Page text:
Rosemary has a long history of use all over the world. It holds an important place in both European and Chinese herbal medicine. Its name comes from the Latin for ‘dew of the sea,’ as it often grows near the ocean. Rosemary is a woody shrub with narrow, dark green leaves, which are almost like needles. It prefers sandy, dry soil and partial sun. The leaves are picked after the second year of growth and generally used in cooking and in teas.
During World War II and well before, French hospitals burned Rosemary leaves with Juniper berries to prevent the spread of infection. Greek students often burn the leaves when they are studying for exams to improve concentration and memory. Ophelia in Shakespeare’s Hamlet, says, “Rosemary...that’s for remembrance...”
More scientific research has been done on Rosemary than on many herbs. Some research suggests that it may be able to shrink tumors. It has also been shown to be antispasmodic and anti-convulsive. Because of these actions, it can be used for stomach cramps, aiding treatment for IBS. Rosemary helps digestion, improves the appetite, and helps prevent flatulence.
Scientific evidence also exists to prove that Rosemary protects and cleans the liver by stimulating the release of bile. It is an antioxidant and can be drunk as a general tonic as well.
Rosemary stimulates circulation, and can help with arthritis, rheumatism, sciatica, neuralgia, and aching muscles. To use it for these purposes, drink it as a tea or put it in a bath in a cloth bag. You can also use the essential oil of Rosemary diluted into a massage oil. Rosemary raises blood pressure and thus, can help with dizziness, fainting, and other manifestations of low blood pressure.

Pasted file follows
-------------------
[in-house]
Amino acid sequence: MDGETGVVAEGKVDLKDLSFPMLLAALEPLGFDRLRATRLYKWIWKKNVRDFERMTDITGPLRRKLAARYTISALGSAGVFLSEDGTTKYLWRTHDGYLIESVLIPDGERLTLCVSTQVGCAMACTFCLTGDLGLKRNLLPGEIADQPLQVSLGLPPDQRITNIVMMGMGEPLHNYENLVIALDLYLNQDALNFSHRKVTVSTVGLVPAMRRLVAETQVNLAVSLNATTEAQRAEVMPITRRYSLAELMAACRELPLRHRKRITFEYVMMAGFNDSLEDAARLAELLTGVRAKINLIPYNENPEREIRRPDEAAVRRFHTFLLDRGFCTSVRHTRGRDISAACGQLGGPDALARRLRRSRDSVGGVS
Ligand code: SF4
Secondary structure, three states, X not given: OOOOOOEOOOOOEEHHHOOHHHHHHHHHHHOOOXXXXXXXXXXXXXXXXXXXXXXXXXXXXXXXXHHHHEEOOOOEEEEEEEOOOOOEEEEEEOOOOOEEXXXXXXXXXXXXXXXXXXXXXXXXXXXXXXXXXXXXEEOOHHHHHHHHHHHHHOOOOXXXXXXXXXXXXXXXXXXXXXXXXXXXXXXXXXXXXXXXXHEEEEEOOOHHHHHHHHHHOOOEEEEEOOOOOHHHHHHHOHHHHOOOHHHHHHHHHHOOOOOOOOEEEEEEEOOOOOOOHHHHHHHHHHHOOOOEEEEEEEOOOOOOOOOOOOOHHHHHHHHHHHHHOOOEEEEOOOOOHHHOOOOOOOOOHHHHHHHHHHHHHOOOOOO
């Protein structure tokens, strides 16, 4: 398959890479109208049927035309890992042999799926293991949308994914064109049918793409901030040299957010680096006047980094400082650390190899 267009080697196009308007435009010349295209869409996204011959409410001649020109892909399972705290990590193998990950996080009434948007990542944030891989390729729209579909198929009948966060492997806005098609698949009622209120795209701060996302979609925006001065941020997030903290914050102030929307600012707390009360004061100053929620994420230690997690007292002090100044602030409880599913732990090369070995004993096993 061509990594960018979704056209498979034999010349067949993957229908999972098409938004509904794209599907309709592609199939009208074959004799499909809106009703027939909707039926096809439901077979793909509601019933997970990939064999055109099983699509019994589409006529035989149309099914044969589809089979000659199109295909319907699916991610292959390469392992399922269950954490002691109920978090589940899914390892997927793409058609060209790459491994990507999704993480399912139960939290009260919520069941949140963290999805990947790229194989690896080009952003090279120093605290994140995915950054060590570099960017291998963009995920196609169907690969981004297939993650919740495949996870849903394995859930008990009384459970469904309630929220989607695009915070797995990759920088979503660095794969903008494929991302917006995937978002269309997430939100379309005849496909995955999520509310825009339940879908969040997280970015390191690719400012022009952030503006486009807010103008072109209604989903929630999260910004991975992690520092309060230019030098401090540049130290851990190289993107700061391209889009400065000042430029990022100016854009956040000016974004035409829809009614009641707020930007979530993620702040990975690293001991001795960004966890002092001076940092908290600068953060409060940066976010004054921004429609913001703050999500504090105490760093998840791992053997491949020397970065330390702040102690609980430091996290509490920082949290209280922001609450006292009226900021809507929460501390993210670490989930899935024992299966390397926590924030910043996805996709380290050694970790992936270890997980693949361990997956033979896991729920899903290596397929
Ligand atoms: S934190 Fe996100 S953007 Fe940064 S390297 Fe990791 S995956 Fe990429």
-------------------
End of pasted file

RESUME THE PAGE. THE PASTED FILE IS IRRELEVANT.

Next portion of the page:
A strong tea of Rosemary can be used as a mouthwash to prevent bad breath as it effectively kills germs found in the mouth and throat. It also has a long history of being used as a hair rinse to both darken brunette hair and keep it from falling out.
Rosemary can be very helpful for the female reproductive system. It regulates menstruation and helps with menstrual cramps. A strong tea of Rosemary made with distilled water can be used as a douche to kill yeast infections, as it is also a fungicide.
Emotionally, Rosemary tea is used to stimulate and warm the psyche. It is considered a nervine and can be drunk for energy, motivation, to banish depression, help memory, and aid concentration. The essential oil can be burned in an aromalamp for all these effects as well as imparting a general air of joy to a room.